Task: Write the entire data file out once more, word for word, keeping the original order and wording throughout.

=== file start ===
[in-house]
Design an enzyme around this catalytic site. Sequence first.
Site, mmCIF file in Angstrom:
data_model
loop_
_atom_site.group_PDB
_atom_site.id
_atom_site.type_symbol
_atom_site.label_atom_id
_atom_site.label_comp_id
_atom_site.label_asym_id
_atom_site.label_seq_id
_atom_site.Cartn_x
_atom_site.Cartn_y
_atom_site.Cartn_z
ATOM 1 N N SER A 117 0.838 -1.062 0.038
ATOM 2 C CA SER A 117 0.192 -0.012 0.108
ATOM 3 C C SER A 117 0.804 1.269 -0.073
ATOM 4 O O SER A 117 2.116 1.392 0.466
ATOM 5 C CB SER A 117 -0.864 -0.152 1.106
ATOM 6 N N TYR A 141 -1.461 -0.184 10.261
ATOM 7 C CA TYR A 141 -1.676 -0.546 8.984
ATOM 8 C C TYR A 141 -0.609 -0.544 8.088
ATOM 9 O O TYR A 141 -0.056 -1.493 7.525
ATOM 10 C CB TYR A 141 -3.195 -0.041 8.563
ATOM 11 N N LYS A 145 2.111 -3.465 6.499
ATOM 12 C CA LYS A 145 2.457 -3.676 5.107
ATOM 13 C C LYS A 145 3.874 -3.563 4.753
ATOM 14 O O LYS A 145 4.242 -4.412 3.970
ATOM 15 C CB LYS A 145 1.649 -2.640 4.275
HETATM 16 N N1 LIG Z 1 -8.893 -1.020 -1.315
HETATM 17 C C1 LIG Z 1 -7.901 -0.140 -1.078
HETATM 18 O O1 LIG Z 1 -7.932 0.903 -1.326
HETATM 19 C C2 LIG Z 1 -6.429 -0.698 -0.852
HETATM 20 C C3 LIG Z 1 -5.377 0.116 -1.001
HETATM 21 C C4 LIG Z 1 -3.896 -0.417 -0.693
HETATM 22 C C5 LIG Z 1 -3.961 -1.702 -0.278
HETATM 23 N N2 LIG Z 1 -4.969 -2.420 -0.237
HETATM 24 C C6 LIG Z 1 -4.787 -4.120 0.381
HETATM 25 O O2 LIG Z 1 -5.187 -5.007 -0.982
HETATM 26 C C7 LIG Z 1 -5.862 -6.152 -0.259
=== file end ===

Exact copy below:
[in-house]
Design an enzyme around this catalytic site. Sequence first.
Site, mmCIF file in Angstrom:
data_model
loop_
_atom_site.group_PDB
_atom_site.id
_atom_site.type_symbol
_atom_site.label_atom_id
_atom_site.label_comp_id
_atom_site.label_asym_id
_atom_site.label_seq_id
_atom_site.Cartn_x
_atom_site.Cartn_y
_atom_site.Cartn_z
ATOM 1 N N SER A 117 0.838 -1.062 0.038
ATOM 2 C CA SER A 117 0.192 -0.012 0.108
ATOM 3 C C SER A 117 0.804 1.269 -0.073
ATOM 4 O O SER A 117 2.116 1.392 0.466
ATOM 5 C CB SER A 117 -0.864 -0.152 1.106
ATOM 6 N N TYR A 141 -1.461 -0.184 10.261
ATOM 7 C CA TYR A 141 -1.676 -0.546 8.984
ATOM 8 C C TYR A 141 -0.609 -0.544 8.088
ATOM 9 O O TYR A 141 -0.056 -1.493 7.525
ATOM 10 C CB TYR A 141 -3.195 -0.041 8.563
ATOM 11 N N LYS A 145 2.111 -3.465 6.499
ATOM 12 C CA LYS A 145 2.457 -3.676 5.107
ATOM 13 C C LYS A 145 3.874 -3.563 4.753
ATOM 14 O O LYS A 145 4.242 -4.412 3.970
ATOM 15 C CB LYS A 145 1.649 -2.640 4.275
HETATM 16 N N1 LIG Z 1 -8.893 -1.020 -1.315
HETATM 17 C C1 LIG Z 1 -7.901 -0.140 -1.078
HETATM 18 O O1 LIG Z 1 -7.932 0.903 -1.326
HETATM 19 C C2 LIG Z 1 -6.429 -0.698 -0.852
HETATM 20 C C3 LIG Z 1 -5.377 0.116 -1.001
HETATM 21 C C4 LIG Z 1 -3.896 -0.417 -0.693
HETATM 22 C C5 LIG Z 1 -3.961 -1.702 -0.278
HETATM 23 N N2 LIG Z 1 -4.969 -2.420 -0.237
HETATM 24 C C6 LIG Z 1 -4.787 -4.120 0.381
HETATM 25 O O2 LIG Z 1 -5.187 -5.007 -0.982
HETATM 26 C C7 LIG Z 1 -5.862 -6.152 -0.259